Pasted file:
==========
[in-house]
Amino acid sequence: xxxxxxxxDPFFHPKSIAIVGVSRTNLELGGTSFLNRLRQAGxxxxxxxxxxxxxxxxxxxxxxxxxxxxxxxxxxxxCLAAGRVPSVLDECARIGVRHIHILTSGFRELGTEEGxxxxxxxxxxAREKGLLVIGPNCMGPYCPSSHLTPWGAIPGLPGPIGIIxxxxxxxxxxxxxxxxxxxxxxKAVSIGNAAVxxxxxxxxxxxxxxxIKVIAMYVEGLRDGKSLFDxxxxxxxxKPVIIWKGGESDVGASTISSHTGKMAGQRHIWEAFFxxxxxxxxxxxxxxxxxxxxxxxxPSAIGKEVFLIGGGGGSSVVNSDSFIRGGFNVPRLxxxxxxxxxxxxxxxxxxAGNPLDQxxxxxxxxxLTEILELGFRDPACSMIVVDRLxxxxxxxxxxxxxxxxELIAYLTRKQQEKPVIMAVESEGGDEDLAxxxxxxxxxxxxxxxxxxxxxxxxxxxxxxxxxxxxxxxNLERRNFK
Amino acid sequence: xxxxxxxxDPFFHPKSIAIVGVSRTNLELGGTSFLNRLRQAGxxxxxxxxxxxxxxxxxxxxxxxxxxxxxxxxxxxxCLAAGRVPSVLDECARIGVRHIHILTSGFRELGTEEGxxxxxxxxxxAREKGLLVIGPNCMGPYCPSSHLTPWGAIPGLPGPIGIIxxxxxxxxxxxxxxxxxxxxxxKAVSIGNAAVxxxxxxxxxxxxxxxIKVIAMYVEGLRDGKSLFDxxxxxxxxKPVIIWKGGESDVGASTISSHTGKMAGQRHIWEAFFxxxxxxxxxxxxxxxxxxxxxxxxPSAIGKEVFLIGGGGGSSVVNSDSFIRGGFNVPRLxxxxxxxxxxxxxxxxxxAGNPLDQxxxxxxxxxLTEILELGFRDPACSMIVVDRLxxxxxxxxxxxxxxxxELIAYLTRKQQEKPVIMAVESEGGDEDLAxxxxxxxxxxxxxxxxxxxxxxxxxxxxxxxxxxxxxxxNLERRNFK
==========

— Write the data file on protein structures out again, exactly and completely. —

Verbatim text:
[in-house]
Amino acid sequence: xxxxxxxxDPFFHPKSIAIVGVSRTNLELGGTSFLNRLRQAGxxxxxxxxxxxxxxxxxxxxxxxxxxxxxxxxxxxxCLAAGRVPSVLDECARIGVRHIHILTSGFRELGTEEGxxxxxxxxxxAREKGLLVIGPNCMGPYCPSSHLTPWGAIPGLPGPIGIIxxxxxxxxxxxxxxxxxxxxxxKAVSIGNAAVxxxxxxxxxxxxxxxIKVIAMYVEGLRDGKSLFDxxxxxxxxKPVIIWKGGESDVGASTISSHTGKMAGQRHIWEAFFxxxxxxxxxxxxxxxxxxxxxxxxPSAIGKEVFLIGGGGGSSVVNSDSFIRGGFNVPRLxxxxxxxxxxxxxxxxxxAGNPLDQxxxxxxxxxLTEILELGFRDPACSMIVVDRLxxxxxxxxxxxxxxxxELIAYLTRKQQEKPVIMAVESEGGDEDLAxxxxxxxxxxxxxxxxxxxxxxxxxxxxxxxxxxxxxxxNLERRNFK
Amino acid sequence: xxxxxxxxDPFFHPKSIAIVGVSRTNLELGGTSFLNRLRQAGxxxxxxxxxxxxxxxxxxxxxxxxxxxxxxxxxxxxCLAAGRVPSVLDECARIGVRHIHILTSGFRELGTEEGxxxxxxxxxxAREKGLLVIGPNCMGPYCPSSHLTPWGAIPGLPGPIGIIxxxxxxxxxxxxxxxxxxxxxxKAVSIGNAAVxxxxxxxxxxxxxxxIKVIAMYVEGLRDGKSLFDxxxxxxxxKPVIIWKGGESDVGASTISSHTGKMAGQRHIWEAFFxxxxxxxxxxxxxxxxxxxxxxxxPSAIGKEVFLIGGGGGSSVVNSDSFIRGGFNVPRLxxxxxxxxxxxxxxxxxxAGNPLDQxxxxxxxxxLTEILELGFRDPACSMIVVDRLxxxxxxxxxxxxxxxxELIAYLTRKQQEKPVIMAVESEGGDEDLAxxxxxxxxxxxxxxxxxxxxxxxxxxxxxxxxxxxxxxxNLERRNFK